Judge Hinkle's latest ruling comes only after the record was further developed during 8 days of trial proceedings earlier this year. That comprehensive trial record allowed Judge Hinkle to expressly find that most former felons lack the funds to pay LFOs --- a finding that comes as no surprise in light of the Sunshine State's Scrooge-like system of "cash register justice", that, from the time of arrest to the end of incarceration, piles on fee-upon-fee for just about everything received while behind bars --- even for in-prison medical care --- that all but a fortunate few are left destitute when they finally leave prison. The trial record also revealed a significant reason why the 11th Circuit will likely uphold Judge Hinkle's decision to overturn SB7066. The court found that the statute has been unconstitutionally applied by an understaffed and dysfunctional FL Division of Elections...
Straight out of Kafka
At the outset of his decision, Judge Hinkle laid out the astounding problem the trial had exposed about Florida's system of "cash-register justice"...
The State is on pace to complete its initial screening of the citizens by 2026, or perhaps later, and only then will have an initial opinion about which citizens must pay, and how much they must pay. In the meantime, year-after-year, federal and state elections will pass. The uncertainty will cause some citizens who are eligible to vote, even on the State's own view of the law, not to vote, lest they risk criminal prosecution.
It is one thing for the Legislature or the FL Supreme Court to say that a former felon must fully pay any LFOs before registering to vote; quite another to ask someone who believes they don't owe anything to risk felony prosecution as a price for deigning to register to vote pursuant to Amendment 4. The State does not maintain a database for LFOs, and, as the court observed: "Even with a team of attorneys and unlimited time, the State has been unable to show how much each plaintiff must pay to vote under the State's view of the law."
Most former felons don't know they need to obtain the original judgment to ascertain the existence of an LFO. Sometimes such records no longer exist, and even when they do, discrepancies in the state's records prevent accurate calculations.
The court was especially troubled by Florida's "staggering inability to administer the system" --- an inability that "renders the pay-to-vote system...irrational." Indeed, except with respect to the 17 named plaintiffs, during the 18 months that had transpired between passage of Amendment 4 and the trial, the understaffed FL Division of Elections had failed to screen so much as one of the 85,000 pending registrations submitted by former felons. At the current rate, per the court, screening may not be completed until 2030.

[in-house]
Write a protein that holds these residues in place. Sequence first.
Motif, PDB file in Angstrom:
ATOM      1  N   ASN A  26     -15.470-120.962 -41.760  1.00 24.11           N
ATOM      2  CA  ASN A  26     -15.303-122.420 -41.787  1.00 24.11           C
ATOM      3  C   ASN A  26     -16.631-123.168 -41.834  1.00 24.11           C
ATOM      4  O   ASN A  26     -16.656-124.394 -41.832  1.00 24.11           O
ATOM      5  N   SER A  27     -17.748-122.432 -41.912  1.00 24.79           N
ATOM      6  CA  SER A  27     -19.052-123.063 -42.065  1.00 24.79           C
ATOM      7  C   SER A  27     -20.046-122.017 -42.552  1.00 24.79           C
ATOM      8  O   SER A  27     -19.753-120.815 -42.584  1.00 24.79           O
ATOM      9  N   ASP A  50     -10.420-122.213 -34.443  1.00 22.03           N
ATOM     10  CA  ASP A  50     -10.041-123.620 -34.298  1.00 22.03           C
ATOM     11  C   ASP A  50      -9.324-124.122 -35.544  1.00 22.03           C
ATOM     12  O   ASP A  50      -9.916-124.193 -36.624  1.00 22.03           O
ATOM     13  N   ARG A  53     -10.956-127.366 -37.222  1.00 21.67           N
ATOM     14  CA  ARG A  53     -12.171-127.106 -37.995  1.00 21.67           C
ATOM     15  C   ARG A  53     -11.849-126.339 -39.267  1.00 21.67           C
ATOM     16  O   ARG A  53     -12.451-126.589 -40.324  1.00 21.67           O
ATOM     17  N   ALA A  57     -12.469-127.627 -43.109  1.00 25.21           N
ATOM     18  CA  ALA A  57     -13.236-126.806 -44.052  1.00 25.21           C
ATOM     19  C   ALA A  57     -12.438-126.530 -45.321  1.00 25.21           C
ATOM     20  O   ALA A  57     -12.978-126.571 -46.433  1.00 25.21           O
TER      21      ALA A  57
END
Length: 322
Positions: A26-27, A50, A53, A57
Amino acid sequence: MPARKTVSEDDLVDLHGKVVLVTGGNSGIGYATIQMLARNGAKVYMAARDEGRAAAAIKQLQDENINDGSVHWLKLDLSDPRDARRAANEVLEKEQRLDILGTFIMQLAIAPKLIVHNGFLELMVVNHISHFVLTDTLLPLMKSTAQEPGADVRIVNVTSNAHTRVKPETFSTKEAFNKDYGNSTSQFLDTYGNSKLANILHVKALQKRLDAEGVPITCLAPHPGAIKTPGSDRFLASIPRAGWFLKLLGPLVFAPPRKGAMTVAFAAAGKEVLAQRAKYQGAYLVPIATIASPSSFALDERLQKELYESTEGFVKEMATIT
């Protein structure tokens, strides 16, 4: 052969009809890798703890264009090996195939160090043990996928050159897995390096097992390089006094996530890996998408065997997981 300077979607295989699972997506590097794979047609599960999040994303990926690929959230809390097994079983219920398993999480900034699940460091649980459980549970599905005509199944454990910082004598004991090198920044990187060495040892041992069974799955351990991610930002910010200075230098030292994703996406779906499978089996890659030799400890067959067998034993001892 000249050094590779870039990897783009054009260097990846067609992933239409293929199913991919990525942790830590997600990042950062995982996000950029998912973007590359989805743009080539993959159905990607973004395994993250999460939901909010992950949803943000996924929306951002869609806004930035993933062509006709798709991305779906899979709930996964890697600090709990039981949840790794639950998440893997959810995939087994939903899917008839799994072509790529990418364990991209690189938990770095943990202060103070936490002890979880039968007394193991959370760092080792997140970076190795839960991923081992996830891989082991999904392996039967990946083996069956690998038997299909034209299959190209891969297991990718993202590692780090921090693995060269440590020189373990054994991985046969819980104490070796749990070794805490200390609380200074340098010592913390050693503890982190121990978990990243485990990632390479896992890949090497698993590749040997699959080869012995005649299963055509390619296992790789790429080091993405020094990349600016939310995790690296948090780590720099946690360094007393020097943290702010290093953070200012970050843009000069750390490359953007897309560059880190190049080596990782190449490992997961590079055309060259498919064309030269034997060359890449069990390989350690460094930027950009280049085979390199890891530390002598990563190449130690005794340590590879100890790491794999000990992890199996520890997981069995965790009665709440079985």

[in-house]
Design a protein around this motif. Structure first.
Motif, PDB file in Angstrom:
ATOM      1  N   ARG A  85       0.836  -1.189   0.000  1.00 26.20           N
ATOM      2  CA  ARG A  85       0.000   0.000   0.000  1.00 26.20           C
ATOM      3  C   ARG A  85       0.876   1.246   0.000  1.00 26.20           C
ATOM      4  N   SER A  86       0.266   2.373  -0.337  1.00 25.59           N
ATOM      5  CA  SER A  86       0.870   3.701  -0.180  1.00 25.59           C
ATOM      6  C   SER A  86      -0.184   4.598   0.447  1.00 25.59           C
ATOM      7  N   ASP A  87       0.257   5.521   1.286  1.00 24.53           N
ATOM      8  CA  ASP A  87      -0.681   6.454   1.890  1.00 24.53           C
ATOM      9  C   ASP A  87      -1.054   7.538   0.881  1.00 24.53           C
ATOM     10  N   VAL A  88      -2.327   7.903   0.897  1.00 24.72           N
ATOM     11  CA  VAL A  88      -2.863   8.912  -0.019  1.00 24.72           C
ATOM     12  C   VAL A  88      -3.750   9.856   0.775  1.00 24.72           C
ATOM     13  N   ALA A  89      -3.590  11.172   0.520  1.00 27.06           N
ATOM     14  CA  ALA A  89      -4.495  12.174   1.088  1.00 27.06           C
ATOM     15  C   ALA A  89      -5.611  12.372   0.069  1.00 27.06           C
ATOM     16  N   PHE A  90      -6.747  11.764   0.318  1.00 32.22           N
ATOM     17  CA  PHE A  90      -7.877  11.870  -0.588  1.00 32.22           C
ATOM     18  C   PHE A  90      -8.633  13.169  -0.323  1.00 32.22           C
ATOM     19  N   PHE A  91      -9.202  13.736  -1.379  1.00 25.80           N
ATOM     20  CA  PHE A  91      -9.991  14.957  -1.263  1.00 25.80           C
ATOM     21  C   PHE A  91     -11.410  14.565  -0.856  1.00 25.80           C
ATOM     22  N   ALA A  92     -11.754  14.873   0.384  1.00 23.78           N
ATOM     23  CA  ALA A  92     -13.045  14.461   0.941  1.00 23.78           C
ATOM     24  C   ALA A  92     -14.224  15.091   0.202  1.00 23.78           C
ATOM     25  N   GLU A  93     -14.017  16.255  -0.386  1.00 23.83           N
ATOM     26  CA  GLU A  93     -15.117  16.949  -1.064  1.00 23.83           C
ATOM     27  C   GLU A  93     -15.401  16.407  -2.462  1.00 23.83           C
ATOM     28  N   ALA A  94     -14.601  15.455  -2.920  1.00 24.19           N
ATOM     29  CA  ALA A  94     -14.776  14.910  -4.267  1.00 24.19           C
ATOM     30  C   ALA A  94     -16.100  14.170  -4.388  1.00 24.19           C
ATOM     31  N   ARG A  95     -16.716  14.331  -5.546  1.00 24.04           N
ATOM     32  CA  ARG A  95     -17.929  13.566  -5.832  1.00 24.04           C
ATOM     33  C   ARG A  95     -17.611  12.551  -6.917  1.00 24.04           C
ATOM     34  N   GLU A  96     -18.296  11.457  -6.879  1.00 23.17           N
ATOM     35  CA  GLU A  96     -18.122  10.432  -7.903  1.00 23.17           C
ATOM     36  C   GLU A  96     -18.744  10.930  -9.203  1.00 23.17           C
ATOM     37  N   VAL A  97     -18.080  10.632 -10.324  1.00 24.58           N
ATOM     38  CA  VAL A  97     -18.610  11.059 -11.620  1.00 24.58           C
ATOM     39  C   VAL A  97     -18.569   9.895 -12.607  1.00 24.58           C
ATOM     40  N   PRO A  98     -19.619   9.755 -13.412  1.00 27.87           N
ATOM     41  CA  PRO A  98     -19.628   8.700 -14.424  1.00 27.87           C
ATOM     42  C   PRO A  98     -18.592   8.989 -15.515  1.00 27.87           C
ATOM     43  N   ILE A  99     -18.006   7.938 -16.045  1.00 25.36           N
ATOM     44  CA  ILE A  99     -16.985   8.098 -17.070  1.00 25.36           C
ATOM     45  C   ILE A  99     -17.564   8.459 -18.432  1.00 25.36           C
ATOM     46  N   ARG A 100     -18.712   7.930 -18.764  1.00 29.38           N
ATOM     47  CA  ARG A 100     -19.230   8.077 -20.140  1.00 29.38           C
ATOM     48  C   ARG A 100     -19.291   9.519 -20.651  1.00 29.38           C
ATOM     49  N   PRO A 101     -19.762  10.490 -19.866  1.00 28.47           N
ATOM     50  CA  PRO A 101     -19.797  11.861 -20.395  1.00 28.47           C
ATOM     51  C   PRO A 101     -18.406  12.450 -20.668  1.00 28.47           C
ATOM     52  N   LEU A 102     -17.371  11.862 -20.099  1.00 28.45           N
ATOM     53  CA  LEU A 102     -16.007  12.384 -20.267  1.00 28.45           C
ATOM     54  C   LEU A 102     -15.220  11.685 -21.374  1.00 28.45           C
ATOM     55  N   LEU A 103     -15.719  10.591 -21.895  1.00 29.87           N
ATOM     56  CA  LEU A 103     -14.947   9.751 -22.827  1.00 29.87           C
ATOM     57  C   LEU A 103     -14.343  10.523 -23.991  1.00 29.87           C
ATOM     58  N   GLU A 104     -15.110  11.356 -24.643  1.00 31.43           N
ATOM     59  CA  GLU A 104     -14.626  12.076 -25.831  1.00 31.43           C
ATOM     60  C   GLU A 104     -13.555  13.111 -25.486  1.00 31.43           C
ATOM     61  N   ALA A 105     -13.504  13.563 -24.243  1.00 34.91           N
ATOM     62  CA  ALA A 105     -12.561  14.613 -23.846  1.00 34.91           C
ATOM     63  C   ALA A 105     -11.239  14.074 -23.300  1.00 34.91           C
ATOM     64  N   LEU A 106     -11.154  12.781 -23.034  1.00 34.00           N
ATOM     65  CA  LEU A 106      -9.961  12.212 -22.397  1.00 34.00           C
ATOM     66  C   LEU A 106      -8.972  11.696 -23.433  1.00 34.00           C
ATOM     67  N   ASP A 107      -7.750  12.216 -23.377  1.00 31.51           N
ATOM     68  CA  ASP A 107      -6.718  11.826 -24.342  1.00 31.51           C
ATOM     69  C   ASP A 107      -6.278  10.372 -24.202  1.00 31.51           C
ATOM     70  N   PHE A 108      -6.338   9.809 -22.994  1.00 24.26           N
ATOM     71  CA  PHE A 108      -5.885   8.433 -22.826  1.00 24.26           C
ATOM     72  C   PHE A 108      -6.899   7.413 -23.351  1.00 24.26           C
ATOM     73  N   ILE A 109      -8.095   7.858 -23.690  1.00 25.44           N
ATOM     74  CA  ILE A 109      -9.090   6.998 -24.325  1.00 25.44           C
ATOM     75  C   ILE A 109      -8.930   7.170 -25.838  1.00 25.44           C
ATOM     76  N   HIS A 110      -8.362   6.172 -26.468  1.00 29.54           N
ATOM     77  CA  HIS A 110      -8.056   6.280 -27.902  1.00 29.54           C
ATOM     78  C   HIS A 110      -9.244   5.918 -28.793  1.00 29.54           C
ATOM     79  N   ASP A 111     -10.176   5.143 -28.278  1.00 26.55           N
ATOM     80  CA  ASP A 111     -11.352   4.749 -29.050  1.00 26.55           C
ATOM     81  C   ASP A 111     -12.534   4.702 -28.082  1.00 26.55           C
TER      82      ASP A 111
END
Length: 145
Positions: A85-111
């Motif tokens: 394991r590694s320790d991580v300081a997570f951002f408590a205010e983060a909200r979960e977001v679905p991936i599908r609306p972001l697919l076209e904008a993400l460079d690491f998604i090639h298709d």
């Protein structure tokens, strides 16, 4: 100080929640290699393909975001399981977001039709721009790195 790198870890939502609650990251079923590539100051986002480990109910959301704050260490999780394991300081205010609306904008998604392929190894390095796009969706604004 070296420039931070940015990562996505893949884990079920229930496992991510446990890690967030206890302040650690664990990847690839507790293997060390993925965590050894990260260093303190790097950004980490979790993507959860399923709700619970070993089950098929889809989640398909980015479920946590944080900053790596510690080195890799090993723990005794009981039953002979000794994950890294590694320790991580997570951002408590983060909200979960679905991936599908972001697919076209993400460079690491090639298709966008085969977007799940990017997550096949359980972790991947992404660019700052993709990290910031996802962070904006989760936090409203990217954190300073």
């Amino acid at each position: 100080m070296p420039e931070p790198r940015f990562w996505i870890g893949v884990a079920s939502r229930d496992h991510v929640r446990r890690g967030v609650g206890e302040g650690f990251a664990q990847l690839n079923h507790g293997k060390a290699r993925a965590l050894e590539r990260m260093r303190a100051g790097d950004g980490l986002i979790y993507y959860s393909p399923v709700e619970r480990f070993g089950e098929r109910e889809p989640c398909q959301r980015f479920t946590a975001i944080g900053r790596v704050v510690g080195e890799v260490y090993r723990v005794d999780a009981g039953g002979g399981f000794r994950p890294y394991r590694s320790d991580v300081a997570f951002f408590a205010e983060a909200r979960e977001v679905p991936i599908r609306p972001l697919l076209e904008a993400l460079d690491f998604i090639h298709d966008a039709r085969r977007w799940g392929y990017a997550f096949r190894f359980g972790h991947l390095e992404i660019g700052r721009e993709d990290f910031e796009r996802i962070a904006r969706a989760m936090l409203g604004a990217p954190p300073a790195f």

As a result, in addition to the previously sustained finding that the state was denying Equal Protection, Judge Hinkle based his injunction upon the system's obvious denial of due process that flows from Florida's Kafkaesque administrative system for former felon voter registration.
Judge Hinkle also found the LFOs to be a poll tax in violation of the Constitution's 24th Amendment. It would not be unreasonable for FL to contest the poll tax finding, but even if the 11th Circuit overturned the poll tax finding, it would not alter the outcome of the case. The due process violation that arises from Florida's Kafkaesque administrative system, as applied, would be sufficient to strike down the statute under the standards set forth by the 11th Circuit in its prior ruling.
Judge Hinkle carefully designed his remedy to protect those seeking to register from the threat of future voting-related felony prosecution. According to his ruling...
A person who acts in accordance with an advisory opinion or who has acted in reliance upon the Division's failure to provide an advisory opinion within 21 days may not be prosecuted.
The injunction includes a rebuttal presumption that the former felon is unable to pay the LFO. The presumption can be rebutted only if the State discloses the amount of the LFO owed.
It is likely the 11th Circuit would find these remedial actions quite reasonable given the irrationality of a system that the Governor appears to have purposely designed to defeat the will of the voters as expressed in their overwhelming 2018 passage of Amendment 4. (The author expresses no opinion on whether the stolen right-wing majority on the U.S. Supreme Court, should this case eventually reach it, might ignore that irrationality and intervene to preserve GOP voter suppression in the Sunshine State.)
UPDATE, 7/1/20: 11th Circuit Court of Appeal granted DeSantis' to expedite his appeal of Judge Hinkle's decision, providing a briefing schedule and setting oral arguments for August 10. On June 14, Judge Hinkle denied the Governor's motion for a stay of the injunction pending the appeal. However, the 11th Circuit subsequently granted a stay and en banc review, which does not bode well for felon voting in FL this year.